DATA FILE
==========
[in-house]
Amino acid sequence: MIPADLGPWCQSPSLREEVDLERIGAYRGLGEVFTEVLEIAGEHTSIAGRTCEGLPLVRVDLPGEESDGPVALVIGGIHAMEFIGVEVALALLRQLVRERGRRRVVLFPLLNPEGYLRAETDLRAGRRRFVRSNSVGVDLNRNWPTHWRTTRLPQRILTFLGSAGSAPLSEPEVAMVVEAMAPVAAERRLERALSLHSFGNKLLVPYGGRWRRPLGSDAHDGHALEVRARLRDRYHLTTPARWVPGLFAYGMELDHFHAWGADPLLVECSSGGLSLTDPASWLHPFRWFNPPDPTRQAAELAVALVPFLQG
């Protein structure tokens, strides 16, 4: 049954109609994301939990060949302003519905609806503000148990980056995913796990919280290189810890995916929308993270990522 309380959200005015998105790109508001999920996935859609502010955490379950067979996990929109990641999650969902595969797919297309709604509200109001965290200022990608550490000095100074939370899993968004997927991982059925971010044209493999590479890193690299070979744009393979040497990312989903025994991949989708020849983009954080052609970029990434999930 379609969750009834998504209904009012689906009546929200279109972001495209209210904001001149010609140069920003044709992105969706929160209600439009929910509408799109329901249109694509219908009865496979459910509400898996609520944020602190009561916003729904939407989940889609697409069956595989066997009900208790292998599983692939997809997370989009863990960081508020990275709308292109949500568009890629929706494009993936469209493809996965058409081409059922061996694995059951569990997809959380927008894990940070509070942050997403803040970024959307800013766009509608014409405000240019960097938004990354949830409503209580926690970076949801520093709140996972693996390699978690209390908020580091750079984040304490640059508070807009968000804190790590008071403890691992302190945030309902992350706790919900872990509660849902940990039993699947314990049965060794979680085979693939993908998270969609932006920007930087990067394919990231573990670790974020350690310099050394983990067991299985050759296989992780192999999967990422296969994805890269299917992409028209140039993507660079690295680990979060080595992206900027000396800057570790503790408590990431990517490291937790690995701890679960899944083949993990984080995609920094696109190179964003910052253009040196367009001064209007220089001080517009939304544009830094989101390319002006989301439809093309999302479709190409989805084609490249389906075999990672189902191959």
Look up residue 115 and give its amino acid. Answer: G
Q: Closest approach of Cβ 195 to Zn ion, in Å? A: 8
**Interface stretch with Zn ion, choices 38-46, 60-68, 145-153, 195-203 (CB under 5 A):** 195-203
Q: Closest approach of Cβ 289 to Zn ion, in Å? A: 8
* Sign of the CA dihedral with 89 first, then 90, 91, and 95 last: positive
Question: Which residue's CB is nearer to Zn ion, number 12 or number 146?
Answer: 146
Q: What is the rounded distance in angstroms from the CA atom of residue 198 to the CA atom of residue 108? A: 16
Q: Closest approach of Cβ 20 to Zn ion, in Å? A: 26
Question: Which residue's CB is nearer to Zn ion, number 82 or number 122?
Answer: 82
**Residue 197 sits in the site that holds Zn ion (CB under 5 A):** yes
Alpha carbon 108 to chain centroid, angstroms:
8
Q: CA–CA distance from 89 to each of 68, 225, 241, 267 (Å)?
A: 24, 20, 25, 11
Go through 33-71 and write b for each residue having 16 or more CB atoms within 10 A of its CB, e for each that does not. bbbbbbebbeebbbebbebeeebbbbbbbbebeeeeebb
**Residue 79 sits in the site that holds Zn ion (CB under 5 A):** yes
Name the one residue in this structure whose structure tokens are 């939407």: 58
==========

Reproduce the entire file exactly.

[in-house]
Amino acid sequence: MIPADLGPWCQSPSLREEVDLERIGAYRGLGEVFTEVLEIAGEHTSIAGRTCEGLPLVRVDLPGEESDGPVALVIGGIHAMEFIGVEVALALLRQLVRERGRRRVVLFPLLNPEGYLRAETDLRAGRRRFVRSNSVGVDLNRNWPTHWRTTRLPQRILTFLGSAGSAPLSEPEVAMVVEAMAPVAAERRLERALSLHSFGNKLLVPYGGRWRRPLGSDAHDGHALEVRARLRDRYHLTTPARWVPGLFAYGMELDHFHAWGADPLLVECSSGGLSLTDPASWLHPFRWFNPPDPTRQAAELAVALVPFLQG
């Protein structure tokens, strides 16, 4: 049954109609994301939990060949302003519905609806503000148990980056995913796990919280290189810890995916929308993270990522 309380959200005015998105790109508001999920996935859609502010955490379950067979996990929109990641999650969902595969797919297309709604509200109001965290200022990608550490000095100074939370899993968004997927991982059925971010044209493999590479890193690299070979744009393979040497990312989903025994991949989708020849983009954080052609970029990434999930 379609969750009834998504209904009012689906009546929200279109972001495209209210904001001149010609140069920003044709992105969706929160209600439009929910509408799109329901249109694509219908009865496979459910509400898996609520944020602190009561916003729904939407989940889609697409069956595989066997009900208790292998599983692939997809997370989009863990960081508020990275709308292109949500568009890629929706494009993936469209493809996965058409081409059922061996694995059951569990997809959380927008894990940070509070942050997403803040970024959307800013766009509608014409405000240019960097938004990354949830409503209580926690970076949801520093709140996972693996390699978690209390908020580091750079984040304490640059508070807009968000804190790590008071403890691992302190945030309902992350706790919900872990509660849902940990039993699947314990049965060794979680085979693939993908998270969609932006920007930087990067394919990231573990670790974020350690310099050394983990067991299985050759296989992780192999999967990422296969994805890269299917992409028209140039993507660079690295680990979060080595992206900027000396800057570790503790408590990431990517490291937790690995701890679960899944083949993990984080995609920094696109190179964003910052253009040196367009001064209007220089001080517009939304544009830094989101390319002006989301439809093309999302479709190409989805084609490249389906075999990672189902191959």
Look up residue 115 and give its amino acid. Answer: G
Q: Closest approach of Cβ 195 to Zn ion, in Å? A: 8
**Interface stretch with Zn ion, choices 38-46, 60-68, 145-153, 195-203 (CB under 5 A):** 195-203
Q: Closest approach of Cβ 289 to Zn ion, in Å? A: 8
* Sign of the CA dihedral with 89 first, then 90, 91, and 95 last: positive
Question: Which residue's CB is nearer to Zn ion, number 12 or number 146?
Answer: 146
Q: What is the rounded distance in angstroms from the CA atom of residue 198 to the CA atom of residue 108? A: 16
Q: Closest approach of Cβ 20 to Zn ion, in Å? A: 26
Question: Which residue's CB is nearer to Zn ion, number 82 or number 122?
Answer: 82
**Residue 197 sits in the site that holds Zn ion (CB under 5 A):** yes
Alpha carbon 108 to chain centroid, angstroms:
8
Q: CA–CA distance from 89 to each of 68, 225, 241, 267 (Å)?
A: 24, 20, 25, 11
Go through 33-71 and write b for each residue having 16 or more CB atoms within 10 A of its CB, e for each that does not. bbbbbbebbeebbbebbebeeebbbbbbbbebeeeeebb
**Residue 79 sits in the site that holds Zn ion (CB under 5 A):** yes
Name the one residue in this structure whose structure tokens are 């939407």: 58